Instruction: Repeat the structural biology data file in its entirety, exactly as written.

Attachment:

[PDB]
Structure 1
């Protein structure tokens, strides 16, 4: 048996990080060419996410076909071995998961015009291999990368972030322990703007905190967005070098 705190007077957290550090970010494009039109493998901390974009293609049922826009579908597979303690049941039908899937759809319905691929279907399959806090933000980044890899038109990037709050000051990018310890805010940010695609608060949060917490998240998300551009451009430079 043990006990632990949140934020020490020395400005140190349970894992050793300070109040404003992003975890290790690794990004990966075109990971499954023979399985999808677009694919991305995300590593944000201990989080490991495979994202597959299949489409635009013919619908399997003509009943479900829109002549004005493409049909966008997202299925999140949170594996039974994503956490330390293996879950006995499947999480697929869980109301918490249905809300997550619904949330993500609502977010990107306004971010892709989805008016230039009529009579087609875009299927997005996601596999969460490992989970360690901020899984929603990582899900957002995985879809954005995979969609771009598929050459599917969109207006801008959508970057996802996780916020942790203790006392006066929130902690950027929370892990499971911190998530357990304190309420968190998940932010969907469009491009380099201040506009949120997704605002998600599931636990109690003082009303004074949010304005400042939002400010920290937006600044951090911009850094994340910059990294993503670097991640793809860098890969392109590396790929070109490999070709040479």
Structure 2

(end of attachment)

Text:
[PDB]
Structure 1
């Protein structure tokens, strides 16, 4: 048996990080060419996410076909071995998961015009291999990368972030322990703007905190967005070098 705190007077957290550090970010494009039109493998901390974009293609049922826009579908597979303690049941039908899937759809319905691929279907399959806090933000980044890899038109990037709050000051990018310890805010940010695609608060949060917490998240998300551009451009430079 043990006990632990949140934020020490020395400005140190349970894992050793300070109040404003992003975890290790690794990004990966075109990971499954023979399985999808677009694919991305995300590593944000201990989080490991495979994202597959299949489409635009013919619908399997003509009943479900829109002549004005493409049909966008997202299925999140949170594996039974994503956490330390293996879950006995499947999480697929869980109301918490249905809300997550619904949330993500609502977010990107306004971010892709989805008016230039009529009579087609875009299927997005996601596999969460490992989970360690901020899984929603990582899900957002995985879809954005995979969609771009598929050459599917969109207006801008959508970057996802996780916020942790203790006392006066929130902690950027929370892990499971911190998530357990304190309420968190998940932010969907469009491009380099201040506009949120997704605002998600599931636990109690003082009303004074949010304005400042939002400010920290937006600044951090911009850094994340910059990294993503670097991640793809860098890969392109590396790929070109490999070709040479």
Structure 2